Departing Siem Reap at 5am, we climb into the loading area of a bashed up pickup truck and head for the river ferry.
The ride is dusty, and increasingly cramped as more and more tourists and their baggage are loaded into the already full cargo area. However, I'm thankful for the baggage pinning me down as we bounce along the 'superhighway' (a cratered dust track) for the river.
Beating our way past the bread and cheese sellers. we teeter up a dodgy plank over scum filled waters to the 'boat terminal' (a floating shack) and climb aboard an elongated speedboat. Descending into its interior, we discover that it is already full. On instructions from the driver, we shove people along and squeeze in... then another 20 or so join us. Realising that the propeller is now firmly embedded in the mud, the driver moves a dozen people onto a smaller boat - and we're off.
We blast across the Tonle Sap lake, heading right at its mouth and on towards Battembang - the journey was said to take five hours, but its looking like we'll arrive in three. That is, until we stop for a pit stop in a small floating village an hour into the journey.
Here we're transferred onto a number of smaller boats since the water level will not allow our original boat to continue. Ours is last - and the only wooden one (the rest being modern fibreglass numbers). Fortunately, I get the front seat - on the bow! One of our fellow passengers, Jason (mk 2), is less fortunate - he gets shunted behind the bus engine and gets a mouthful of exhaust fumes before fighting his way forward a little - only to have the engine give him a cracking headache, and almost claim his fingers (who needs a cover for a flywheel?).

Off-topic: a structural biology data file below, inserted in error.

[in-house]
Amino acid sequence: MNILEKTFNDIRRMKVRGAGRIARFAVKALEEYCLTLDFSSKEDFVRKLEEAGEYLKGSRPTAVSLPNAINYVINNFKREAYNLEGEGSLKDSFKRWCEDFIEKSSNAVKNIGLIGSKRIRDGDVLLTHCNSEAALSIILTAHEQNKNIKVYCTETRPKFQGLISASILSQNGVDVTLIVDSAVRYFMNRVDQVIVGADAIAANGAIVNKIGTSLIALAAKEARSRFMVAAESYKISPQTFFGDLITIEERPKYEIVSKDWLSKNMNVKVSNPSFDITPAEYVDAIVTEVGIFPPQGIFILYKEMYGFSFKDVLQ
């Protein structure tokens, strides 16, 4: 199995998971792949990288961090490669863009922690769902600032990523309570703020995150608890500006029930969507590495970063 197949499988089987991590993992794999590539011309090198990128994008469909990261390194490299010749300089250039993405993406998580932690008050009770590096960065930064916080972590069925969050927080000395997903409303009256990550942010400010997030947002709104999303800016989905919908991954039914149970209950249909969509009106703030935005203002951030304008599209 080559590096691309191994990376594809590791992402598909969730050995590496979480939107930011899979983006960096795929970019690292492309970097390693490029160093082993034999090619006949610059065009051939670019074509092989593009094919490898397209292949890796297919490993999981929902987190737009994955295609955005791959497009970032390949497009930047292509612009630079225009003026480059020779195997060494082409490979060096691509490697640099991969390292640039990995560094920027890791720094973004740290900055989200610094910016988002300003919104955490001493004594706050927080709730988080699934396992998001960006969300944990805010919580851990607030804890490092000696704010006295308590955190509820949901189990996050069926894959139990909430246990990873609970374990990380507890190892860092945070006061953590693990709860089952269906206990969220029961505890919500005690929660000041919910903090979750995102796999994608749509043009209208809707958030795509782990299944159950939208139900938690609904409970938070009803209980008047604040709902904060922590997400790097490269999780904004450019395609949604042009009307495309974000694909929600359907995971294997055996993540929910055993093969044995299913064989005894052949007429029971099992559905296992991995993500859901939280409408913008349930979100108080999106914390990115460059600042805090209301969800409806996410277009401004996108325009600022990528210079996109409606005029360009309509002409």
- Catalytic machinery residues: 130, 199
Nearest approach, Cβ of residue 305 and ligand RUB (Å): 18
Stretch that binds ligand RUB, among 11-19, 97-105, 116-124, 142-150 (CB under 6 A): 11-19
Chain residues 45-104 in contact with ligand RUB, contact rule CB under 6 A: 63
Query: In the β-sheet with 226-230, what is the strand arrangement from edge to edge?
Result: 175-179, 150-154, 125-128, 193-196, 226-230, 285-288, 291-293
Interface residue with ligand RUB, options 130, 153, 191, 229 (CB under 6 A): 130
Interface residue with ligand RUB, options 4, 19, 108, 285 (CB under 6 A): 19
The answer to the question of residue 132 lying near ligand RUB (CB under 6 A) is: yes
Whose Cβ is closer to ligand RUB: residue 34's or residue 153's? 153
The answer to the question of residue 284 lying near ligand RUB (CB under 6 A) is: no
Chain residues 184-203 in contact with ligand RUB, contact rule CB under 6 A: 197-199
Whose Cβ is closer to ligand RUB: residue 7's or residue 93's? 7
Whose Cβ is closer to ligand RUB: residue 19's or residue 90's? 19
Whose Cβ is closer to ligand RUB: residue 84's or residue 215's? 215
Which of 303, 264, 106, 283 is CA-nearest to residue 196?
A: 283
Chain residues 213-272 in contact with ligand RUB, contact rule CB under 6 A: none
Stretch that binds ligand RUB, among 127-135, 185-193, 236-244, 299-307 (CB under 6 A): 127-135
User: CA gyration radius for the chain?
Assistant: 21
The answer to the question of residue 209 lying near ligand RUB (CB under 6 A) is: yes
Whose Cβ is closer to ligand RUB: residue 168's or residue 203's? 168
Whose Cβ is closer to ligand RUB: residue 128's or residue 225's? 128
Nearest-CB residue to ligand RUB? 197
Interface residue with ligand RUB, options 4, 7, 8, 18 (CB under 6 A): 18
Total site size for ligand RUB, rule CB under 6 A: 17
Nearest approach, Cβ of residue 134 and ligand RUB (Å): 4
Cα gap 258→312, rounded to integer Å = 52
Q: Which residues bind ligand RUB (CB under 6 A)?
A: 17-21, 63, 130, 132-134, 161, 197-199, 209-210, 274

We set off again, and promptly stop a few hundred yards on where one of our boatmen proceeds to plaster mud and grass into a gaping hole at the front. When he's done, he takes his seat beside the driver, and proceeds to bail the boat out - a task he continues for the five hours it takes us to arrive at Battambang.
Along the way we pass numerous villages, and countless fishermen each of whom has a stretch of river to fish. Some have huge bamboo cranes with drag nets, others boats with nets and yet others with just hand nets - we discover that they are limited to an area and method of fishing according to the amount of money they bid in an annual fishing rights auction.
The river got so shallow in places that our bailing man and the driver had to get out and drag us upstream - a job I would not relish myself given the amount of flotsam and sun bloated dead fish floating past...
The other memorable sight, is children. As we pass villages, or solitary houses, or schools near the river bank, we invariably hear the sound of children shouting "Hello, Hello, Hello" as we pass. We all feel like royalty - and wave back with gusto.
We eventually arrive (safely) at Battembang, somewhat sunburnt and haggard but intact.
We're met by a sea of waiting touts on motos - all clamouring to get our attention. Oddly, they are only advertising two hotels. And little did we know that we'd start a war by choosing the less popular of the two...